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I serve kids on the South Side of Chicago. This is my message about the American Dream

I believe in the American Dream and always have. Yet sometimes I feel like I’m swimming against the current, even drifting backwards. I spend my days pastoring one of the most notorious blocks on the South Side of Chicago, a block that was named after Odell Perry, a slain gangbanger: the O-Block. 

Youngsters here have every reason to believe they will follow the path of Perry. They’re surrounded by failing schools, violence of every kind, drugs, prostitution, and politicians who routinely disparage the American Dream while deepening my peoples’ dependency upon the government.

That is why I try every day to bring the American Dream into the darkest corners of my neighborhood. When you tell a child, even the most disadvantaged one, that you believe in him or her and their ability to rise however high they wish, their eyes light up. It’s like giving life and when I tell them the rags-to-riches stories of past Americans who achieved their dreams, they begin to feel part of America and her possibilities.

DEI AND ONE OF THE BIGGEST PROBLEMS FACING BLACK AMERICANS

Yet sometimes I wonder if I am the fool here, to pursue good faith in a world seemingly drowning in bad faith. I recently read a series of polls that marked profound disparities between Generation Z (ages 18-26) and Baby Boomers (ages 59-77). I shouldn’t be surprised, since we’ve known for decades that the younger generations have been drifting away from the values that are the bedrock of America.

Only 32 percent of Generation Z described themselves as patriotic, a deep decline from 76 percent of the Baby Boomers who do so. 33 percent of Generation Z said America was the best place to live as opposed to Baby Boomers’ 66 percent. When it came to having children, a dismal 23 percent of Generation Z favored that whereas 52% of the Baby Boomers were in favor. Perhaps the most disturbing statistic for me, especially because I’m a pastor, is that only 23% of Generation Z believes in God, down from 52% for the Baby Boomers.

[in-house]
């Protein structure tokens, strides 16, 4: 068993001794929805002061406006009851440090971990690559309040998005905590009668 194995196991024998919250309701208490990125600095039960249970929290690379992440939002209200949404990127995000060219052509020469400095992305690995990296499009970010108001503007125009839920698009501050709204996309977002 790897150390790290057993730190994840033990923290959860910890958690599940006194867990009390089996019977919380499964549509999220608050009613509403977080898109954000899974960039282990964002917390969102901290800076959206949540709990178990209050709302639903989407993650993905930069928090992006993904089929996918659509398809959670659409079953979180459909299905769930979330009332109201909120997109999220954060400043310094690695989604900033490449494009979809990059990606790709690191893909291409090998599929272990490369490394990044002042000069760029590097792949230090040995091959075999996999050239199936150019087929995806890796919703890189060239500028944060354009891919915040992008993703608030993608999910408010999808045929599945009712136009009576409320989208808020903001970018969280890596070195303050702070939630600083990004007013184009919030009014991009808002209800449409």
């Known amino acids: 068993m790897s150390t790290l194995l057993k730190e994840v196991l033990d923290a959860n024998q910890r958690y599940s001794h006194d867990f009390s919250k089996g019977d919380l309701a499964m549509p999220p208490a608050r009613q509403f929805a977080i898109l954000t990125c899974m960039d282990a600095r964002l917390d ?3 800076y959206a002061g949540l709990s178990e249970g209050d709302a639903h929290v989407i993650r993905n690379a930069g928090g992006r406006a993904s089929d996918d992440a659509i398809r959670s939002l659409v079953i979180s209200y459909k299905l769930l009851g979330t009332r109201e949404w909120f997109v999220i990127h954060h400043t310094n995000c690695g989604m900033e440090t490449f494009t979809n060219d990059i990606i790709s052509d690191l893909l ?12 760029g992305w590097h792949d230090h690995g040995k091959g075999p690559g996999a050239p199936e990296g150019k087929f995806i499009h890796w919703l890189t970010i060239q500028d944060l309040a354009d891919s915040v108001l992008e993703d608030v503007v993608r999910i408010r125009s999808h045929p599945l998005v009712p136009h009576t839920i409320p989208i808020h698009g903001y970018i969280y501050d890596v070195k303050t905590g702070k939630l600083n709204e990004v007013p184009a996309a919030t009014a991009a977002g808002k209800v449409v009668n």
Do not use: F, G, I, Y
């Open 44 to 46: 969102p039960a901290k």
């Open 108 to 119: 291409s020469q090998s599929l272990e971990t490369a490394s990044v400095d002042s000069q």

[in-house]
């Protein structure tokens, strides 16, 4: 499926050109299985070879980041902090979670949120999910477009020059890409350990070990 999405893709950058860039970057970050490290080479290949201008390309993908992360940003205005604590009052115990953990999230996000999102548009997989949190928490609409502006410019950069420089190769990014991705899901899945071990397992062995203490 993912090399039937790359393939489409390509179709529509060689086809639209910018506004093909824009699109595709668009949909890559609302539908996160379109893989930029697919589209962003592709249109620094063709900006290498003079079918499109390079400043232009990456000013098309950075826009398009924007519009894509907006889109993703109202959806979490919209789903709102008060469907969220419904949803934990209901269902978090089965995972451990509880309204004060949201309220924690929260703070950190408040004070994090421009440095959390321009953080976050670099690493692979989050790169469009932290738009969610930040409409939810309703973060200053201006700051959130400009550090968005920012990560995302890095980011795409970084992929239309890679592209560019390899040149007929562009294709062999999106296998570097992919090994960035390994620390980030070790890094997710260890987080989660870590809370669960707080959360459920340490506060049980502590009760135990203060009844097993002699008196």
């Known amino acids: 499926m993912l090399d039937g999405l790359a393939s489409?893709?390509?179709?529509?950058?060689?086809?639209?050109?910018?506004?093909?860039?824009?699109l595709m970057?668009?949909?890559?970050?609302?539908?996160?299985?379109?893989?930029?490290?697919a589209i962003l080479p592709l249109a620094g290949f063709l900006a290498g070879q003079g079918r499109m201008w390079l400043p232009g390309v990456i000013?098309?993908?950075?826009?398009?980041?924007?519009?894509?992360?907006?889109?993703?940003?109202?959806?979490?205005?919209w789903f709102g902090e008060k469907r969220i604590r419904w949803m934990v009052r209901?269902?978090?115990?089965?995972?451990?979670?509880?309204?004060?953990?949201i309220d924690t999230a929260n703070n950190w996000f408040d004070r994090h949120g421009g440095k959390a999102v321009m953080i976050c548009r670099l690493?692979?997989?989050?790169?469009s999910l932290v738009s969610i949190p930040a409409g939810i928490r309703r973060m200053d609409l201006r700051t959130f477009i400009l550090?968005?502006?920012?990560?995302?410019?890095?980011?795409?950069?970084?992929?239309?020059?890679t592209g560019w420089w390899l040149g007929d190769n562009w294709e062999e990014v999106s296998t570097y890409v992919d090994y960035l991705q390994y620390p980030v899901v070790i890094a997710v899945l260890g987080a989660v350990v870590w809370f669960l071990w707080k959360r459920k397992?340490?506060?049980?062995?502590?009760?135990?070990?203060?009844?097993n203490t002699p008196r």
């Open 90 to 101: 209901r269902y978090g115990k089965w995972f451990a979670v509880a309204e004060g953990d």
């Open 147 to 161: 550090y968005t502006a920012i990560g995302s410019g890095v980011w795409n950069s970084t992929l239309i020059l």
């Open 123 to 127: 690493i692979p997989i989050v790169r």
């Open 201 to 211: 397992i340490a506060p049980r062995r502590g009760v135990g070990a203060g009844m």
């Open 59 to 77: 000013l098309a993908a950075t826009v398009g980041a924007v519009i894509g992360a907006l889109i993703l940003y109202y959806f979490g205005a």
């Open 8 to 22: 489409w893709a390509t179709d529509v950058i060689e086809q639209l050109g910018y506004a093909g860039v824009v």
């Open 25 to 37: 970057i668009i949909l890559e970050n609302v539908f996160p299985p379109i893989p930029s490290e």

Sometimes I wonder if I am the fool here, to pursue good faith in a world seemingly drowning in bad faith.

What I see in these polls is a lack of belief in America and God. But here’s the thing: there is no such thing as an absence of belief. Even nihilism — the meaninglessness of life — is a belief.  Or as Bob Dylan once sang, “You’re gonna have to serve somebody, Well, it may be the Devil or it may be the Lord, But you’re gonna have to serve somebody.”

What has become clear to me over the years is that these young Americans have increasingly embraced a dangerous belief: the ideology of DEI. A recent Forbes article stated that 83 percent of Generation Z said they consider an employer’s commitment to DEI before committing to the job. That’s 60 percent more than those who believe in God.

The fundamental problem with this DEI ideology is that it is un-American and it is often done in the name of helping the very people in my community. But how is dividing us into the oppressed versus the oppressors or deriding values like merit or being on time as white supremacist values helping us who are trying to get off the bottom of society? How is transforming our society from one grounded in the equality of opportunity to the equity of outcomes beneficial to us?

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We know that this is preening and virtue signaling by these young Americans, but it would be a mistake to dismiss this as youthful folly. Far too many of them have chosen to embrace a belief system grounded in the immutable characteristics we were born with. And to defend the absurdities of their beliefs, they must “other” America, make her our enemy. They believe they must work for our great nation’s downfall and they have succeeded greatly.

But that is why I will never give up the fight for the American Dream on the south side of Chicago. I have no choice but to fight — to give in is to hasten the already rapid decline of my people. 

I fight on every day. I counsel young couples on the importance of marriage and children. I pastor in them a belief in God, the almighty power that has given the weakest of us a great strength and the most sinful of us a newfound path of worth in life. 

I stress to my youth from an early age the importance of credit so that they may one day do something their parents and grandparents never did: buy a house. 

I tell them to believe in America, despite her many flaws, for without this belief what else is there? Anarchy? Tribalism? Nihilism? 

I tell them when they believe in America, that is when they will see opportunities begin to open up before their eyes and when that happens, the sky is the limit. But they first must believe in America and begin to dream their own dream.

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